Until May 2020, when he’d gotten his nerves up enough to ask to watch the song sequences on YouTube. If you haven’t seen The Nightmare Before Christmas lately, I’ll remind you that the 75-minute film has 11 song sequences. (In a different world, I’d wonder why this never got turned into a Broadway musical.) My wife and I were able to encourage him to move on beyond just the clips on YouTube, which comprised a good 40 minutes. So now, as I type this paragraph, he’s watching The Nightmare Before Christmas on Disney+. For the second time today. Watching the same thing over and over again isn’t always charming, but God, I’m so happy to have something on my TV that’s gorgeously designed, with good music, and a proud deficit of lazy jokes.


When you’re an adult, it’s easy to have one of two reactions with most family films: you either begrudgingly smile at pop-culture references that are meant to humor you as you sit through an animated film you might otherwise avoid, or you get angry at such lazy attempts at coddling parents. Take Trolls World Tour (please.). It’s got some decent songs, in part because the cast is full of musical ringers such as Justin Timberlake, Mary J. Blige, and Kelly Clarkson. And hell, my kid liked it so much that he watched it five times in 48 hours. Shouldn’t that be good enough?

It would be so easy to fall back on that last question, especially during a period when little new content exists and most families like mine might be watching the same things over and over again. If you don’t like a film such as Trolls World Tour to start, you might fall under the sway of a pop-culture-style Stockholm Syndrome. Maybe on that fifth viewing, the pop-culture references masquerading as humor would go down smoother. Maybe on that fifth viewing, the presence of Ozzy Osbourne as the doddering King of the Hard Rock Trollsbecause, you see, there are six groups of Trolls and they’re all defined by different genres of music, and listen, I don’t want to go into details here so let’s move onis a fun gag instead of a painfully dated reference that would have felt painfully dated a decade ago. Maybe your brain could turn itself off.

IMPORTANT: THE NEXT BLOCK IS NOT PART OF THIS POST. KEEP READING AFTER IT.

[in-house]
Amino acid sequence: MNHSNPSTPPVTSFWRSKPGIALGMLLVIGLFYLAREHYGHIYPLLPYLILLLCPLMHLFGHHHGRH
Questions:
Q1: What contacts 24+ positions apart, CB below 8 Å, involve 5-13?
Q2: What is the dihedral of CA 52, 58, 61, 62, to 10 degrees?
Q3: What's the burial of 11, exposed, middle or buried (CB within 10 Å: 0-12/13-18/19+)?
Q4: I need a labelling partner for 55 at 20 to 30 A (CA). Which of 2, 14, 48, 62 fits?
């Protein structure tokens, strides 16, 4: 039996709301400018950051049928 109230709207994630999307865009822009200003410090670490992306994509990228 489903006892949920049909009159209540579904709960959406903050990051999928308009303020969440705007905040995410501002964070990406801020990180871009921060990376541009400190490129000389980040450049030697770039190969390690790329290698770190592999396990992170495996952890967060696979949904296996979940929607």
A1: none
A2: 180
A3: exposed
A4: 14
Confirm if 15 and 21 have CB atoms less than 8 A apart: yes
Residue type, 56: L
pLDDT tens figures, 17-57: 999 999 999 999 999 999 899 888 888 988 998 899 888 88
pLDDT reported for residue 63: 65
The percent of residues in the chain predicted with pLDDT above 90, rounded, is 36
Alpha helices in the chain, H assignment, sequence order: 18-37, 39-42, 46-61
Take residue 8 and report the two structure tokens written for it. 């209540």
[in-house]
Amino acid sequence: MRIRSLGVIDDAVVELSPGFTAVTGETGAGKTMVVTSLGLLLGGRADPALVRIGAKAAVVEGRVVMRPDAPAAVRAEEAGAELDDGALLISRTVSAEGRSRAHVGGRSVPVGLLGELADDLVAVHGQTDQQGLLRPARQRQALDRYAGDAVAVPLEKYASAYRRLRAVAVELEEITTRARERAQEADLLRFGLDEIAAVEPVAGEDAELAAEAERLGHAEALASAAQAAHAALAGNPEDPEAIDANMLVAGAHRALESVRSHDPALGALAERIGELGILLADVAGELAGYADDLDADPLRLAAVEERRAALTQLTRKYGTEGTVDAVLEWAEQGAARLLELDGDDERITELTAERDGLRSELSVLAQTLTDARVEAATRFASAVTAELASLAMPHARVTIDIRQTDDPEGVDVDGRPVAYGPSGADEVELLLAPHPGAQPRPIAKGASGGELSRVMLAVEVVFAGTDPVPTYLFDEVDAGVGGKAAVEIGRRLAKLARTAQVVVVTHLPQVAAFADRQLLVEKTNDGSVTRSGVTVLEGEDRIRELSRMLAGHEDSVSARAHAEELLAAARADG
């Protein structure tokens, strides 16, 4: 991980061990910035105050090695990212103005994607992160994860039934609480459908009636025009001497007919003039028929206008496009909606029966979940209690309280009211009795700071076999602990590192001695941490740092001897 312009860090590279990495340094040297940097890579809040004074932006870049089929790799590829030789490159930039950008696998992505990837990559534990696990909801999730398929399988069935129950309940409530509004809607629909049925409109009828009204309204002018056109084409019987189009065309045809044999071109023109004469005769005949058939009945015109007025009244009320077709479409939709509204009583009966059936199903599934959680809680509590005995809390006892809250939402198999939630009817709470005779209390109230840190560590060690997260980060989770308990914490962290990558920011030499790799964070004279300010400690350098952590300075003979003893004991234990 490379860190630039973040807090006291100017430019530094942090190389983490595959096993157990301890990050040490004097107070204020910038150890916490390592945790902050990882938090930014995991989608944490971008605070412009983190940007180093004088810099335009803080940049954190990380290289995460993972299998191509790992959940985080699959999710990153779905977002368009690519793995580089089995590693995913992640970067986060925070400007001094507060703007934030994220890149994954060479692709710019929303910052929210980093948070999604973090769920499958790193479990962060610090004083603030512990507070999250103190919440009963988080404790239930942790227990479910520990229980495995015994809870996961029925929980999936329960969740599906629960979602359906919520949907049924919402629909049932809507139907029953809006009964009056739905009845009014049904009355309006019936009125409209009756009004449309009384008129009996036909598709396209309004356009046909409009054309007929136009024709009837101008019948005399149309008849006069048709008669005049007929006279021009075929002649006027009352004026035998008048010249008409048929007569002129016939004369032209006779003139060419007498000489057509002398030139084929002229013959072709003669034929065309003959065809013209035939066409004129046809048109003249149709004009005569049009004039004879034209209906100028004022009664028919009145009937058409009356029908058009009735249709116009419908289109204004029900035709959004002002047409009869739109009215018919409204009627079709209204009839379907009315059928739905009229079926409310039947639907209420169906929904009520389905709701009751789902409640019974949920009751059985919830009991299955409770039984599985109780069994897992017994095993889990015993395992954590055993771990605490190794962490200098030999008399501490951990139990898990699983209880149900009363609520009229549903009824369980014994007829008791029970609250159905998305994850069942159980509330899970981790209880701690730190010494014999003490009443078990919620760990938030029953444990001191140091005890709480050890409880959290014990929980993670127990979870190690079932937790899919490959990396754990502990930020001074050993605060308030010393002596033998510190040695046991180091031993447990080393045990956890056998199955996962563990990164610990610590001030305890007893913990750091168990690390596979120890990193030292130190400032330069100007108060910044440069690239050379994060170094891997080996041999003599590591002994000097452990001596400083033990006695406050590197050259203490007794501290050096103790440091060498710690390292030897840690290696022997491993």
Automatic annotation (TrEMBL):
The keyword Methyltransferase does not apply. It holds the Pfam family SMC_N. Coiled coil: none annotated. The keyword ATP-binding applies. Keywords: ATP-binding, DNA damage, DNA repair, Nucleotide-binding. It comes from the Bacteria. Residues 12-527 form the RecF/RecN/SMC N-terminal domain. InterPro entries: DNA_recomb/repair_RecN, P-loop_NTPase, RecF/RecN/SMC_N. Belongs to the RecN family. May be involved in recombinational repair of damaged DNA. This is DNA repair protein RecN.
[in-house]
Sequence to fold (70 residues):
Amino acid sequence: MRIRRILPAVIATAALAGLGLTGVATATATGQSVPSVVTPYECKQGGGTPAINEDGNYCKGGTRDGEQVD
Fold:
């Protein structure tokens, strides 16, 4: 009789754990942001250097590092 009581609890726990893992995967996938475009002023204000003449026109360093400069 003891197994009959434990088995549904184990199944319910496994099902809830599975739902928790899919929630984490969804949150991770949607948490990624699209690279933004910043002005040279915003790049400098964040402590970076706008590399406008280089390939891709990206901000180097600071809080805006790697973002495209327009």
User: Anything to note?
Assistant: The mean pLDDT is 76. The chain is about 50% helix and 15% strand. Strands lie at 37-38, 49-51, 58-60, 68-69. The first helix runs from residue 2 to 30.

That wasn’t the case for me. Each time I heard the voice of James Corden sing part of the Baha Men’s “Who Let The Dogs Out?” a tiny part of my soul died. In that moment, which I saw often enough the weekend of the film’s arrival that I could’ve sung along in the correct key, I envied my son. A tiny part of my soul died for reasons he can’t grasp. To him, James Corden isn’t an obnoxious and obsequious talk-show host who is weirdly omnipresent in new animated movies. He isn’t anything other than the voice of Biggie Troll (a name that I had to look up online in the process of writing this essay even though I saw this movie five times in 48 hours). And “Who Let The Dogs Out?” isn’t a musical nadir of the 1990s, it’s just some song.

I do not have the luxury of leaving my brain at the proverbial door, or at least I choose not to have that luxury. There are worse films my son could watch than Trolls World Tour, many of them targeted at families. (The aforementioned Shrek, arguably one of the most influential mainstream films of the 21st century, is one such film. The inaugural Best Animated Feature Oscar winner is perhaps the laziest, most mean-spirited, and smug film to win the award.) But I keep thinking about leaving your brain at the door, the adage meant as a counter to criticism of popular entertainment that promotes the lowest form of content possible. I probably shouldn’t think too much about the internal logic of films like Trolls World Tourfor example, if the world of this film is inhabited solely by Troll dolls, how do they know about human music, from classical compositions to horrendous pop songs like, y’know, “Who Let The Dogs Out?” I should stop thinking about the movie, period. Or, if I fail to leave my brain at the door, maybe I should just be happy that my son is entertained.